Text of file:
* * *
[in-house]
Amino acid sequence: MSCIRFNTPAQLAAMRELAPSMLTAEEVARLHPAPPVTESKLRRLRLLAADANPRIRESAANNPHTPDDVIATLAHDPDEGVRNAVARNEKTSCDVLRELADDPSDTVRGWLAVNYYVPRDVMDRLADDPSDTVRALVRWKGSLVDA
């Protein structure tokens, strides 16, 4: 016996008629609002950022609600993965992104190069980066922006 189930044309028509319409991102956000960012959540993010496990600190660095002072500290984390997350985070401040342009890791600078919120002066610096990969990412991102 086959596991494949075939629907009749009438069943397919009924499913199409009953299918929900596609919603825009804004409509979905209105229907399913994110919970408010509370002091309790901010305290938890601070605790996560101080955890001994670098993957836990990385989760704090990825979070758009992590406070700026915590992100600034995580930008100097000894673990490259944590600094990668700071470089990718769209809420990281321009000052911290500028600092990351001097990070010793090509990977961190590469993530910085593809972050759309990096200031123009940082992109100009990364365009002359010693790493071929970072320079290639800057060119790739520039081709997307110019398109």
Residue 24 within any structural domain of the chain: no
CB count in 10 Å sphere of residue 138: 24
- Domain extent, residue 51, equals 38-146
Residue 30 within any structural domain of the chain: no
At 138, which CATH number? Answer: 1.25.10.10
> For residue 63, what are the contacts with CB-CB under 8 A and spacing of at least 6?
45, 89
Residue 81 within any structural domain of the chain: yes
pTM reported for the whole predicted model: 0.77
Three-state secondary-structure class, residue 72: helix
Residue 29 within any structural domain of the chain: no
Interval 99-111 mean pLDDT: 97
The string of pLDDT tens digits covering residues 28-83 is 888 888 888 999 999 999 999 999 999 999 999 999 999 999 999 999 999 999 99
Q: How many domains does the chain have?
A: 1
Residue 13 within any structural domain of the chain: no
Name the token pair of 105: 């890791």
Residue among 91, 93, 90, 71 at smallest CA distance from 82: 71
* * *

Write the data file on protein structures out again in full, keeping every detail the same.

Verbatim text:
[in-house]
Amino acid sequence: MSCIRFNTPAQLAAMRELAPSMLTAEEVARLHPAPPVTESKLRRLRLLAADANPRIRESAANNPHTPDDVIATLAHDPDEGVRNAVARNEKTSCDVLRELADDPSDTVRGWLAVNYYVPRDVMDRLADDPSDTVRALVRWKGSLVDA
């Protein structure tokens, strides 16, 4: 016996008629609002950022609600993965992104190069980066922006 189930044309028509319409991102956000960012959540993010496990600190660095002072500290984390997350985070401040342009890791600078919120002066610096990969990412991102 086959596991494949075939629907009749009438069943397919009924499913199409009953299918929900596609919603825009804004409509979905209105229907399913994110919970408010509370002091309790901010305290938890601070605790996560101080955890001994670098993957836990990385989760704090990825979070758009992590406070700026915590992100600034995580930008100097000894673990490259944590600094990668700071470089990718769209809420990281321009000052911290500028600092990351001097990070010793090509990977961190590469993530910085593809972050759309990096200031123009940082992109100009990364365009002359010693790493071929970072320079290639800057060119790739520039081709997307110019398109």
Residue 24 within any structural domain of the chain: no
CB count in 10 Å sphere of residue 138: 24
- Domain extent, residue 51, equals 38-146
Residue 30 within any structural domain of the chain: no
At 138, which CATH number? Answer: 1.25.10.10
> For residue 63, what are the contacts with CB-CB under 8 A and spacing of at least 6?
45, 89
Residue 81 within any structural domain of the chain: yes
pTM reported for the whole predicted model: 0.77
Three-state secondary-structure class, residue 72: helix
Residue 29 within any structural domain of the chain: no
Interval 99-111 mean pLDDT: 97
The string of pLDDT tens digits covering residues 28-83 is 888 888 888 999 999 999 999 999 999 999 999 999 999 999 999 999 999 999 99
Q: How many domains does the chain have?
A: 1
Residue 13 within any structural domain of the chain: no
Name the token pair of 105: 């890791």
Residue among 91, 93, 90, 71 at smallest CA distance from 82: 71